Born to a working-class family with Irish and French-Canadian roots in the "Motor City" of Windsor, Ontario in the 1950's, Ken bought his first guitar for $5 at a neighbourhood pawn shop at the age of 12. Early inspiration came with the British Invasion of the '60s, but it took Gordon Lightfoot's 1967 album "The Way I Feel" to ignite Ken's enduring passion for Canadian folk music.
Departing Windsor for Toronto in the early 70's, Ken immersed himself in the fertile womb of Yorkville's folk music scene, populated by the likes of Neil Young, Bruce Cockburn, Joni Mitchell, and countless aspiring performers. Busking in Nathan Phillips Square, and performing at local coffee houses, he began honing his skills as a songwriter and performer. Despite supplementing his meager musical income with odd jobs, Ken nonetheless ended up homeless on the big city streets, an experience that would have a major impact not only on his life, but subsequent songwriting, which increasingly focused on social justice issues.
In the 1980's, good fortune returned and Ken was able to secure steady employment as a labourer, continue his education, and raise a family. Taking a break from active performing, he nonetheless continued to write music and study the guitar. By 1990, he had earned a doctoral degree in psychology, and worked in both hospital settings and private practice as a clinical psychologist in Ontario for several years before returning to work as a musician.
The 1990's saw Ken's music career blossom. He performed at hundreds of venues across Canada, the U.S., and Central America from concert halls to festivals and cafes, sharing the bill with folk and roots icons as diverse as Jerry Jeff Walker, Willie P. Bennett, Valdy, and Garnet Rogers. During this time his first recordings were also released, including 1994's "Winds of Emotion", "Precious Life" in 1996, and 2000's critically acclaimed "Time and Space".
As fate would have it, a subsequent diving accident, while on tour in Belize resulted in a shoulder injury and broken fingers, sidelining him as a guitarist for several years. Thanks to extensive rehabilitation and determination, Ken learned a whole new approach to acoustic finger style guitar, and gradually began performing again in the early 2000's, first at open stages and informal jams in Ontario. Eventually, he began touring again, both solo, and with partner Anna Green, throughout Canada, the U.S., Mexico, and Central America, including a year long musical residency in California in 2015.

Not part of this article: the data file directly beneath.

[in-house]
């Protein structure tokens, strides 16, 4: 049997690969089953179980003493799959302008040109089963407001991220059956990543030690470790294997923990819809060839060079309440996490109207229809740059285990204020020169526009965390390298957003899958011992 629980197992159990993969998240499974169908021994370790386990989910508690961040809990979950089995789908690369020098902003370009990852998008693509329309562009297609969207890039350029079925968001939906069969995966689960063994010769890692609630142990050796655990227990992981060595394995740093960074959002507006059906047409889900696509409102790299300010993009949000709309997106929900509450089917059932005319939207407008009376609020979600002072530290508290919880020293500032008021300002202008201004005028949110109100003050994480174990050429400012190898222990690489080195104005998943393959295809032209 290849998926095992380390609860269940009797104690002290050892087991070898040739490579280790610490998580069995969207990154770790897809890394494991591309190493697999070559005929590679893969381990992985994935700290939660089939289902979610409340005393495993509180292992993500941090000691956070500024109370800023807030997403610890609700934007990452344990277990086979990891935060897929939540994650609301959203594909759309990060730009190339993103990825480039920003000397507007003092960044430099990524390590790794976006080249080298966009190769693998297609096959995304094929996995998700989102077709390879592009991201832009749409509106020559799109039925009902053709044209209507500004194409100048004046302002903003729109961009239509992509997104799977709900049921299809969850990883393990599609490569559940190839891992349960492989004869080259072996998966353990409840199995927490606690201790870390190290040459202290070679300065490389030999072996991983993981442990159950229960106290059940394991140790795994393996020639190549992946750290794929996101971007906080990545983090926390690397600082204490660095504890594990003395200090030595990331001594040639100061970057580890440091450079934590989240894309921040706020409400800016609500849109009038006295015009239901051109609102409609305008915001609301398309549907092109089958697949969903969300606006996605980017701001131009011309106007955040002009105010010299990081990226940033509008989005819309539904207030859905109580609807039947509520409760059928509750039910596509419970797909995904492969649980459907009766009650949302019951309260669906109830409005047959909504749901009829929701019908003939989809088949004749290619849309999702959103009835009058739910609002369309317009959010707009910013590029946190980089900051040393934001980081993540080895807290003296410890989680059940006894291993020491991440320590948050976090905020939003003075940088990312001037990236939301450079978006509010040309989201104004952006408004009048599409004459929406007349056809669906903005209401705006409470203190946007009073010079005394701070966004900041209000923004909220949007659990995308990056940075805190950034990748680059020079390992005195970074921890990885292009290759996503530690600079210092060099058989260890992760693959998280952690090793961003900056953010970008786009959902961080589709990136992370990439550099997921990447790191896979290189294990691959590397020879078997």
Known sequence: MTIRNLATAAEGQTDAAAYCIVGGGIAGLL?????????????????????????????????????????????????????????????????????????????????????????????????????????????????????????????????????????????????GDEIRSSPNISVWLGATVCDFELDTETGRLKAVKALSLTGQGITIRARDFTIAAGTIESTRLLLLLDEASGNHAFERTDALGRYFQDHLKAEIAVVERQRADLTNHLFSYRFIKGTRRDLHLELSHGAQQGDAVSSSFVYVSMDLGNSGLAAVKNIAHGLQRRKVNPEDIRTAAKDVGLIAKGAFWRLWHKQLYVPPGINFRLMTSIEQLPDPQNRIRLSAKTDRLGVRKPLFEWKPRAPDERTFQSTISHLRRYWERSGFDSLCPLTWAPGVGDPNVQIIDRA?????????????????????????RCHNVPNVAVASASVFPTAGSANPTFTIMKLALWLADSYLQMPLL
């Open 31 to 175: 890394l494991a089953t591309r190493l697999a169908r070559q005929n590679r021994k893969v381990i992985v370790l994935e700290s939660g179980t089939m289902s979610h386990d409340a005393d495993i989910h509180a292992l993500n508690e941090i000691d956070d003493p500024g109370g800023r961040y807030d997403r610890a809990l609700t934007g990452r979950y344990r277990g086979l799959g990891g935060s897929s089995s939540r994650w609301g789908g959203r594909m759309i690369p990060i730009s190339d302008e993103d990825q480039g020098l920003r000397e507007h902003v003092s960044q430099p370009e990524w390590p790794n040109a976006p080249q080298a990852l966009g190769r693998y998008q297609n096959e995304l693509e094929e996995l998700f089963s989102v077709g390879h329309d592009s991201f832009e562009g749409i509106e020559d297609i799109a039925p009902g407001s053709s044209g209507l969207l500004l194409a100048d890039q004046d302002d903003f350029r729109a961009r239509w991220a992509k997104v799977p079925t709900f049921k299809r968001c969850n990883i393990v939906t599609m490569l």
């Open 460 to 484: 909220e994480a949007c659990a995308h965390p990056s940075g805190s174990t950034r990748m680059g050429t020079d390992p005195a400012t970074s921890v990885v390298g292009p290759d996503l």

Released in late 2015, "The Great Unknown" was Ken's first full length album of new music in over a decade and featured his band "Gypsy Starfish" with Anna Green on keyboards, Tyler Beckett on fiddle, Randy Martin on bass, and Juno Award winning drummer Mark Mariash. The album won Best Americana honours in February 2016 at the Akademia Music Awards in Los Angeles, as well as critical acclaim and extensive airplay on folk radio, including selection as one of the best albums of 2016 by Canada's Folk Roots Radio with Jan Hall.
In September 2017 Trespass Music released Ken's, "Wondrous Beauty" which debuted in the Top 10 on Canadian Folk Music charts. The album received several positive reviews, including one by esteemed roots music journal "No Depression" which called the album "a stew of wonderful notes stirred perfectly, that sneaks into your heart, feet, and soul".
Now living on British Columbia's Sunshine Coast, Ken continues to enjoy writing and recording as well as touring. These days he performs mainly as a solo act, but also with partner Anna Green, whose "beautiful vocal harmonies add an ethereal dimension" (The Bank Theatre, Canada) to live performances. He is particularly fond of performing benefit concerts supporting social justice, environmental, and peace initiatives, and continues to tour across Canada and the U.S.
His most recent album, "Live in L.A." was released to radio worldwide by Trespass Music in February 2019. In support of the album, Ken has been touring BC, Quebec, Ontario, and the U.S. as well as working on his next album.